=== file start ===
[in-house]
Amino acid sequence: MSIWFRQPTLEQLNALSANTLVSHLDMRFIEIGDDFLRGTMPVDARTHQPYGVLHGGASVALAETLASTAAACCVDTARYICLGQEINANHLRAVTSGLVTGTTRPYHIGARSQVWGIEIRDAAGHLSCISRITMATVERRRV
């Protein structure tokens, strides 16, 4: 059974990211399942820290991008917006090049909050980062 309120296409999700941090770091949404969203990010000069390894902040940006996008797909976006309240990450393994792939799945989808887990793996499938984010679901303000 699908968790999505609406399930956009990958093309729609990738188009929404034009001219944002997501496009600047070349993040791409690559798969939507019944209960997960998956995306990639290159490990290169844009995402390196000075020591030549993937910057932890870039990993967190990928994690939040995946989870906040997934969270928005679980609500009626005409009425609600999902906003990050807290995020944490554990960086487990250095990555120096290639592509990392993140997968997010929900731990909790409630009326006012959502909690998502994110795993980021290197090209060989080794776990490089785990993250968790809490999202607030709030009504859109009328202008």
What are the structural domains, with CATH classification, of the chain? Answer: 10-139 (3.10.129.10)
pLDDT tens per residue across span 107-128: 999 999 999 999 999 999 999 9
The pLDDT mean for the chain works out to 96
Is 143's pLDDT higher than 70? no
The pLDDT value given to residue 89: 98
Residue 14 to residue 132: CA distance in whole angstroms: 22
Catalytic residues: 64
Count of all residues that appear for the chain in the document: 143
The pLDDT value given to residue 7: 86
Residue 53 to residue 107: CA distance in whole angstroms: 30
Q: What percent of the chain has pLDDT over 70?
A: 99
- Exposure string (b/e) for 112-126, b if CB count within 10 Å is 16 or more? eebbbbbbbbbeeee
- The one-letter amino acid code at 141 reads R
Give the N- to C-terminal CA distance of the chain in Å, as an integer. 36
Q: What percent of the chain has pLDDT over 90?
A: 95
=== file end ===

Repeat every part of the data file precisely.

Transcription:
[in-house]
Amino acid sequence: MSIWFRQPTLEQLNALSANTLVSHLDMRFIEIGDDFLRGTMPVDARTHQPYGVLHGGASVALAETLASTAAACCVDTARYICLGQEINANHLRAVTSGLVTGTTRPYHIGARSQVWGIEIRDAAGHLSCISRITMATVERRRV
């Protein structure tokens, strides 16, 4: 059974990211399942820290991008917006090049909050980062 309120296409999700941090770091949404969203990010000069390894902040940006996008797909976006309240990450393994792939799945989808887990793996499938984010679901303000 699908968790999505609406399930956009990958093309729609990738188009929404034009001219944002997501496009600047070349993040791409690559798969939507019944209960997960998956995306990639290159490990290169844009995402390196000075020591030549993937910057932890870039990993967190990928994690939040995946989870906040997934969270928005679980609500009626005409009425609600999902906003990050807290995020944490554990960086487990250095990555120096290639592509990392993140997968997010929900731990909790409630009326006012959502909690998502994110795993980021290197090209060989080794776990490089785990993250968790809490999202607030709030009504859109009328202008």
What are the structural domains, with CATH classification, of the chain? Answer: 10-139 (3.10.129.10)
pLDDT tens per residue across span 107-128: 999 999 999 999 999 999 999 9
The pLDDT mean for the chain works out to 96
Is 143's pLDDT higher than 70? no
The pLDDT value given to residue 89: 98
Residue 14 to residue 132: CA distance in whole angstroms: 22
Catalytic residues: 64
Count of all residues that appear for the chain in the document: 143
The pLDDT value given to residue 7: 86
Residue 53 to residue 107: CA distance in whole angstroms: 30
Q: What percent of the chain has pLDDT over 70?
A: 99
- Exposure string (b/e) for 112-126, b if CB count within 10 Å is 16 or more? eebbbbbbbbbeeee
- The one-letter amino acid code at 141 reads R
Give the N- to C-terminal CA distance of the chain in Å, as an integer. 36
Q: What percent of the chain has pLDDT over 90?
A: 95